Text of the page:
WILL FREEFLOW’S NEW MOTOR BE A SUCCESS?
It looks a lightweight and well-integrated system and CIN say ‘By the time you are reading this the system will be in production and likely have passed its final validation testing with a view to enabling manufacturers to purchase the system from February. At a time when the order books with some major motor suppliers are essentially closed, Freeflow’s appeal to UK bike designers in particular will naturally grow.’
EBR will keep you posted on its progress – three are few very lightweight mid-drive systems about so it will be interesting to see if Freeflow can give the likes of Fazua and Specialized/Mahle a run for their money.
WOULD YOU RIDE A PLASTIC E-BIKE?
German language reports suggest that a plastic e-bike may be a reality by the end of the year – in prototype form at least. Plastics manufacturer Igus is planning a bicycle that does not require a metal frame or wheels. It is made of recycled plastic. To date the Cologne-based company Igus has only produced bearings and other plastic parts for component manufacturers such as SRAM, Magura or Crank Brothers.
It is to be hoped that the Igus fares better than the Itera – an all plastic bike produced in quite large numbers in the 1980s but now consigned to the Museum of Failure due to the large number of breakages they suffered. Its history hasn’t stopped Dutchfiets trying to commercialise the idea in present times – their bike is pictured above.
FRANCE’S NEW CYCLOMOBILES LÉGERS CATEGORY FURTHER INCREASES CONFUSION
Bike Europe reports on ‘the creation of a new vehicle category in the French traffic code. The new so-called ‘cyclomobiles légers’ or light mopeds…’
In terms of vehicles now legalised to travel on public roads in France, there are, in theory, a new range of vehicles but as one industry commentator notes in the article “The initiative seems to be aimed at accommodating e-scooters with a saddle and e-bikes without pedals. Unfortunately, there are hardly any legal vehicles to populate this category.”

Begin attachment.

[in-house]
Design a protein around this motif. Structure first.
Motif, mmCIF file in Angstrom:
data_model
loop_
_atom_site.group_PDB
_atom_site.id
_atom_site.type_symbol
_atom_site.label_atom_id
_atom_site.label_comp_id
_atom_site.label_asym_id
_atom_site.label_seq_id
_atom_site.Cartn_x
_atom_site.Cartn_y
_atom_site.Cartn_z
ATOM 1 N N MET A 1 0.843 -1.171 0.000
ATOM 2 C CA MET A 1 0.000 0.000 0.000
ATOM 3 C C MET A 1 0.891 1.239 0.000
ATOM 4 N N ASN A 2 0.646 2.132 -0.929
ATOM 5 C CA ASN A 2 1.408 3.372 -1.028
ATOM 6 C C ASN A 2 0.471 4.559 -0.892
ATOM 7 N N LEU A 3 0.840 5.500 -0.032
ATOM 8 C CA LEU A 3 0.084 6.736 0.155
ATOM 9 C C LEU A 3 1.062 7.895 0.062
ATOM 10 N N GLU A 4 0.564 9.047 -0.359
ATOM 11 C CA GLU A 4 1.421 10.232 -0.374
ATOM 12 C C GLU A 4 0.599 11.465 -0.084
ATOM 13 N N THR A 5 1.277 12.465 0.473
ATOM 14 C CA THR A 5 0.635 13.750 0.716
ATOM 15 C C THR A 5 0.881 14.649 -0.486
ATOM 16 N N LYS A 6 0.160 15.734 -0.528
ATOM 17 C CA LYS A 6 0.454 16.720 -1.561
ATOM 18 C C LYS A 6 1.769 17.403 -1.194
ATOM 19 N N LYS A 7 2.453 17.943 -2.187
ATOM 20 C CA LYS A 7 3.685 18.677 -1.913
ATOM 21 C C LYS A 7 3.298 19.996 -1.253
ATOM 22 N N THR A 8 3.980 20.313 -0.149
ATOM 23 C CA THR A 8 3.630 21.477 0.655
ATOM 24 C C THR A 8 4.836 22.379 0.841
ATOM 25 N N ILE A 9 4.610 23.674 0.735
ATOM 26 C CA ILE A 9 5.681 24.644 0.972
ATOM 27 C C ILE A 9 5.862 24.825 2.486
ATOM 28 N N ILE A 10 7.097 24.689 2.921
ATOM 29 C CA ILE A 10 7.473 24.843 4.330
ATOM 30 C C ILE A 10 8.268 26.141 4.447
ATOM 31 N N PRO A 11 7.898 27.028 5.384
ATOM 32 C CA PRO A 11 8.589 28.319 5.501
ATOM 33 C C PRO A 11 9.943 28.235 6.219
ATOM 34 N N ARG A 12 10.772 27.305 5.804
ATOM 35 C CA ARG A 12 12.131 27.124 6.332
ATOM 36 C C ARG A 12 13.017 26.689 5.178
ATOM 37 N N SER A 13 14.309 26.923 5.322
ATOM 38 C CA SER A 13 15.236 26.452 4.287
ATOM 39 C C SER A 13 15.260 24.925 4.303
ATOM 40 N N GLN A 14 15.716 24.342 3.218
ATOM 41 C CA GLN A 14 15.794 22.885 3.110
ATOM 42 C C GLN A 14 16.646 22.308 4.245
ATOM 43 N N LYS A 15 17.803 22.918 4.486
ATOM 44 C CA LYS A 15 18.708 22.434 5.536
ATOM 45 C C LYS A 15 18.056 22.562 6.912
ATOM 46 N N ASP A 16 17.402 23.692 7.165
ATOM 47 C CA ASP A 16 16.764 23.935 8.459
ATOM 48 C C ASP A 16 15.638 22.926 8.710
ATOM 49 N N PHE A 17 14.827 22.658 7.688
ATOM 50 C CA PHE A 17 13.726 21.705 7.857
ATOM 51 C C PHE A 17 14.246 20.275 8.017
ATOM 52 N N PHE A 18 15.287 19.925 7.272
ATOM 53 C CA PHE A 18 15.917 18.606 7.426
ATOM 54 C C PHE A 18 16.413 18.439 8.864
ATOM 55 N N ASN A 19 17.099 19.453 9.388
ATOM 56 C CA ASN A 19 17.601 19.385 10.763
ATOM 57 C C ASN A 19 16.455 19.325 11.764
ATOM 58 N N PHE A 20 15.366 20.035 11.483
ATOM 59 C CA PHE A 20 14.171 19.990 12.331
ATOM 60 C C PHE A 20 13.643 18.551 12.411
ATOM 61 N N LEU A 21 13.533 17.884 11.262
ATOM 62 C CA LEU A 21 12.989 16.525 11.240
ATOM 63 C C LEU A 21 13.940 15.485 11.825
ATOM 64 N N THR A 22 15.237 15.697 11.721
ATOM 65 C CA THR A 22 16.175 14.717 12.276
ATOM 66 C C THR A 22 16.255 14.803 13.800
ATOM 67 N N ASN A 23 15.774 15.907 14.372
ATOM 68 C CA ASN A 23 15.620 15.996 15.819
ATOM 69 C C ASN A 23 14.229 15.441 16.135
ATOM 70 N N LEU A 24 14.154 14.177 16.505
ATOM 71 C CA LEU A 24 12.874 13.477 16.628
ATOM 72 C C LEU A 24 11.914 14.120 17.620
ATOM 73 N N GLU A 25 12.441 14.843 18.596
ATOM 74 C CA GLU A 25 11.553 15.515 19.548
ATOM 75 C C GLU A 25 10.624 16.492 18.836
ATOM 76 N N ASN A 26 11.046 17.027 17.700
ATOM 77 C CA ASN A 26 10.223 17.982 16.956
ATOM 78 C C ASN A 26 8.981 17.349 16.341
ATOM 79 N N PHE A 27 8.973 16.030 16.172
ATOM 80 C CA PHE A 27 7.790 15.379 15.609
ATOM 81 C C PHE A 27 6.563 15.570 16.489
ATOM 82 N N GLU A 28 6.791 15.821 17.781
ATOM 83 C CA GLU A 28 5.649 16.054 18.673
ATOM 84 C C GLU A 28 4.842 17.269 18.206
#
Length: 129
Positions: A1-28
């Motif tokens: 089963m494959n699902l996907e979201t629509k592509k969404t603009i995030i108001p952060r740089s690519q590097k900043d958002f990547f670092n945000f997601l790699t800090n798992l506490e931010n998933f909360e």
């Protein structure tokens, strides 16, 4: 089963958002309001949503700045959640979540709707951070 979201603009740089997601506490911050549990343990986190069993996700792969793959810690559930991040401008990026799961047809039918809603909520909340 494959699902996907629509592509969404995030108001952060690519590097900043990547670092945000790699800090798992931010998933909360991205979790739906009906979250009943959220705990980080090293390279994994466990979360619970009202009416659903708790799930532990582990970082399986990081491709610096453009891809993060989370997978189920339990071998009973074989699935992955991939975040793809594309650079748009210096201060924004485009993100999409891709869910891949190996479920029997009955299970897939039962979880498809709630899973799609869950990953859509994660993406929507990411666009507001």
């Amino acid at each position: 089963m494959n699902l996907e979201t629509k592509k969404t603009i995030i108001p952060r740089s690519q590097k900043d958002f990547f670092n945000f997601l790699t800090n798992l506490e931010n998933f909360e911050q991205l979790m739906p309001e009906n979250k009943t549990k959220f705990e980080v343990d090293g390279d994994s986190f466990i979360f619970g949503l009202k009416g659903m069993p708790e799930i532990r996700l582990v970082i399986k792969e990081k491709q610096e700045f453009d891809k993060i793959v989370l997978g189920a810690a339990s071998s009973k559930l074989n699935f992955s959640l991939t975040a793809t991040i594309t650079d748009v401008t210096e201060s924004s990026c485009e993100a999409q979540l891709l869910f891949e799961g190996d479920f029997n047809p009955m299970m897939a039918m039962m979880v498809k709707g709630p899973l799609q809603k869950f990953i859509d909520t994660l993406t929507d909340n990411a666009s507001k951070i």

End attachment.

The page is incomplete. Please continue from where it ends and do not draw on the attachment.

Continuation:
Add to this the fact that the vehicle must be type-approved (an extra and very significant cost for manufacturers) and you can see why the new law appears to be of little practical help to anyone. As the article again points out, Vässla is one of the few manufacturers that has a type-approved e-bike without pedals on the market and thus complies with the new traffic code in France.
Currently private e-scooters in France are allowed but subject to fairly complex rules (unlike the UK where they are banned with only authorised hire schemes allowed to operate them).
Confused? So are we….
WILL THE UK’S REVAMPED HIGHWAY CODE MAKE LIFE SAFER FOR CYCLISTS?
Bikebiz reports ‘The latest changes to the Highway Code are a “hugely important step” towards making the roads safer for everyone, Cycling UK has said.’
The changes to the leading authority on rules of the road in the UK are currently heading through parliament and if approved will see changes such as a new hierarchy of road-users (ensuring quicker or heavier modes of travel have the greatest responsibility to reduce the danger or threat they may pose to others on the road) and motorists being encouraged to adopt the ‘Dutch Reach’ – opening the door next to them with the opposite hand so they look over their shoulder, meaning they’re less likely to injure passing cyclists and pedestrians.
CANNONDALE OWNER PON HEADS TO LITHUANIA
Cycling Industry News reports that ‘PON.bike has announced that it will open a new manufacturing facility in Lithuania by 2024, which could reach an annual output of 600,000 bikes. The new parent to Cannondale and longer-term umbrella for Gazelle, Kalkhoff, Focus and Urban Arrow, among others, will hire in the region of 300 to 500 staff in the future to manage expansion of its production capability, adding to its global workforce of around 2,400.’
Would someone address the needs of the more elderly rider?? Pretty please. I have had a few electric bikes. I experience some pain in my right hand around the thumb joint after pressing on a throttle button, braking, etc. I try to use the left brake (gingerly, I might add) to alleviate the repetitiveness using my right hand. I would love coaster bikes on my electric bike! The self-propelled bike doesn’t really work for me as I could just touch it and off it goes, whether I am standing next to it or on it! So my husband removed that feature. It seems like there are quite a few older riders who have arthritis, etc. in their hands. Is any manufacturer considering how to make it easier for us? I cannot bear the thought of giving up biking.